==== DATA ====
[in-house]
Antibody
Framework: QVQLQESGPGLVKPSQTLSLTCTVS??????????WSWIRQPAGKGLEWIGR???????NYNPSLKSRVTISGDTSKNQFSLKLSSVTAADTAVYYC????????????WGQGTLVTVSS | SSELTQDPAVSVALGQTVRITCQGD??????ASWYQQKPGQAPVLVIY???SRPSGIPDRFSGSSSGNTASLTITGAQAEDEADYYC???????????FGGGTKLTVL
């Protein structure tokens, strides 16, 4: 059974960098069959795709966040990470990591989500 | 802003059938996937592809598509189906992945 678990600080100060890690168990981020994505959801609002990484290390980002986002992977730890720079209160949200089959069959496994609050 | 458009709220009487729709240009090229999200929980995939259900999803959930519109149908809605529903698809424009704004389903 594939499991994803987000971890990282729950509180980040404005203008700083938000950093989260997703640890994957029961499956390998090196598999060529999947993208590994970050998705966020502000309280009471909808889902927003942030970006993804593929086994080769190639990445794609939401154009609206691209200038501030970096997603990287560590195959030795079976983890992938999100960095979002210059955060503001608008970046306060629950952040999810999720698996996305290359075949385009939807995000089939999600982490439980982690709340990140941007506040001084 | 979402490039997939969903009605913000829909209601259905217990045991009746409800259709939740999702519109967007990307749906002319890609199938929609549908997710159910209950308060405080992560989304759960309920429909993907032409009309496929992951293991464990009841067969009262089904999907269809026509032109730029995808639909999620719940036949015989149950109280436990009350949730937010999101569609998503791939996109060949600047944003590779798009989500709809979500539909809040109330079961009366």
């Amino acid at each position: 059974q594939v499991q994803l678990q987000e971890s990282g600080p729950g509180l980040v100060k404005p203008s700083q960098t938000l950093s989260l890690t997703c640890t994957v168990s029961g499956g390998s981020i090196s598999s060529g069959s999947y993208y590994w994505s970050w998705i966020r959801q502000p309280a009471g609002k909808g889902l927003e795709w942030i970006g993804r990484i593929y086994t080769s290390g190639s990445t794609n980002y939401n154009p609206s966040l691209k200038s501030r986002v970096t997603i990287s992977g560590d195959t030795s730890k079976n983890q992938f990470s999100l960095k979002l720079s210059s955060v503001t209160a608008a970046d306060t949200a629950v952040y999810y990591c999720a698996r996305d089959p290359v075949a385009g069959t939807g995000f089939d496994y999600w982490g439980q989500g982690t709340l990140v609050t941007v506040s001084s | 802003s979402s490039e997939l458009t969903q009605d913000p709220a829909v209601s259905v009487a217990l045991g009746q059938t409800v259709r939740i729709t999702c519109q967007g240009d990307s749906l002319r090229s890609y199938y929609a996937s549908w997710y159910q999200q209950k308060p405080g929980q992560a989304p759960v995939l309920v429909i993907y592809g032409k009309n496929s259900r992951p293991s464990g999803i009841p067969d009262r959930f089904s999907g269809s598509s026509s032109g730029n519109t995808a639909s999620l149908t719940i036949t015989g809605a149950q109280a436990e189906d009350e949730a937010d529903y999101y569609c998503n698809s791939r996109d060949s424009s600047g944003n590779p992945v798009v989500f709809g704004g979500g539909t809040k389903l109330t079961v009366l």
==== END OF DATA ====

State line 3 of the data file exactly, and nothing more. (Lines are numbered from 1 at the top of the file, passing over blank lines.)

Framework: QVQLQESGPGLVKPSQTLSLTCTVS??????????WSWIRQPAGKGLEWIGR???????NYNPSLKSRVTISGDTSKNQFSLKLSSVTAADTAVYYC????????????WGQGTLVTVSS | SSELTQDPAVSVALGQTVRITCQGD??????ASWYQQKPGQAPVLVIY???SRPSGIPDRFSGSSSGNTASLTITGAQAEDEADYYC???????????FGGGTKLTVL